Click the Remove and Add buttons to remove or add initial objects.
For network scenarios, an initial object that belongs to a player, and who's base object belongs to a race, will be replaced at runtime by an object of the same class of whatever race the initial object's owner has.
Objects that have no class (like asteroids) or race will not be replaced.
For example, suppose you have an initial object which is an Ishiman Cruiser, which has a race of 100 and a class of 200, which belongs to player 0. At runtime, suppose player 0 chooses another race, like Cantharan, race 200. The Ares engine will see that there's an initial object with a class of 200 but a race which doesn't match the player's race. Ares will then find an object of the same class from the player's race, in this case 200. When it finds the Cantharan Cruiser, Ares substitutes it for the Ishiman Cruiser.
If you check the Fixed Race flag, Ares won't change the initial object from its specified race.
Check this if you don't want the object to be created before the scenario begins. You can explicitly cause "hidden" initial objects to appear using the unhide action.
For each human or net player level, there must be at least one controllable ship with this flag set. It specifies that ship to be the ship the player starts in.
Prevents an object from being given a different target or destination by the computer or human player than its initial target.
The base object to use.
Which player number (-1, 0, 1, 2, 3) owns the object. Enter -1 for no player.
For planets and other bases. How much money an object earns. Planets normally have an earning ratio of 1.0, and bunker stations have a ratio of .5.
The coordinates of the object. Negative X values lie west of the center. Positive X values lie east. Negative Y values lie north of the center. Positive Y values lie south.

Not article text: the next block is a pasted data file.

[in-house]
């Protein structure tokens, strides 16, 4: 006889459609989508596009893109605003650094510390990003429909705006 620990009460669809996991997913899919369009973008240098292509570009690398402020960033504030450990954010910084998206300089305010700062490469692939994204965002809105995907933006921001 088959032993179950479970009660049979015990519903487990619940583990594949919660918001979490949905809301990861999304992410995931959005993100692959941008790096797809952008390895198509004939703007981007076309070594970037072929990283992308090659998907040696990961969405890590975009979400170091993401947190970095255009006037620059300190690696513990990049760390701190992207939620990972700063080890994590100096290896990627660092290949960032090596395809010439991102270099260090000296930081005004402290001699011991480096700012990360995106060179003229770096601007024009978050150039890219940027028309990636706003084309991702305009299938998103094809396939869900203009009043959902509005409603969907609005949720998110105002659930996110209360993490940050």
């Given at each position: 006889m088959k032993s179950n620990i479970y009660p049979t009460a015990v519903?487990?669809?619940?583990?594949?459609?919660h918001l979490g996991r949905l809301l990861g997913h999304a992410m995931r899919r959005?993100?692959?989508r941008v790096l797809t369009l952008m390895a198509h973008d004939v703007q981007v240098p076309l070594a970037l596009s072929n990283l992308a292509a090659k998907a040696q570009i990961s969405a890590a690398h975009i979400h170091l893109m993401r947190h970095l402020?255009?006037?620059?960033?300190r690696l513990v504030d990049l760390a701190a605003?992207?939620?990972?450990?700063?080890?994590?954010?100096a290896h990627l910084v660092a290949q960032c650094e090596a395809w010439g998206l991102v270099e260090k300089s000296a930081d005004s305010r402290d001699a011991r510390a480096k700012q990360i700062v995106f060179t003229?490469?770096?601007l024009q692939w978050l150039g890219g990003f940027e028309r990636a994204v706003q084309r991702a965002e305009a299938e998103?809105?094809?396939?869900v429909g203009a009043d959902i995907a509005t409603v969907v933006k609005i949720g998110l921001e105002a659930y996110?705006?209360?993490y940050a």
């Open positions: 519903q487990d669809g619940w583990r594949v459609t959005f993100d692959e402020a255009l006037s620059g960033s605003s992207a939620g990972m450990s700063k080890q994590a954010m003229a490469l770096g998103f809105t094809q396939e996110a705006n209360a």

You can use the map below to change the object's coordinates as well.
A random distance from the specified coordinates. Usually this value is 0.
An index to another initial object -- the object's initial destination or target. Usually used in conjunction with the static destination flag. Enter -1 for no initial target.
PROBABLY SHOULD NOT USE
Initial direction the object should face, between 0 and 360. Usually 0.
PROBABLY SHOULD NOT USE
Random additional value added to object's initial direction.
If you want the object to use a different sprite, choose a sprite here. For example, you might want to give each planet a different appearance by giving each a different sprite.
IMPORTANT: If you give a new sprite to a rotating sprite object or to a self-animating object, it MUST have the same number of frames or Ares will crash.
For objects which can build, enter a list of the classes of the types of objects it can build here. You can list up to four. The list should be only numbers separated by commas.
IMPORTANT: For network scenarios, make sure you provide for every class of ship that can be built, for every race allowed by the scenario.
For objects like planets. Allows you to give the object a specific name.
The plain magnifying glass tool (with the dot in it) allows you to re-center the map.
The magnifying glass with the plus in it allows you to zoom in.
The magnifying glass with the minus allows you to zoom out.
The fancy X tool allows you to reposition the currently selected object by clicking in the map.
Check the show names option to reveal the initial object types.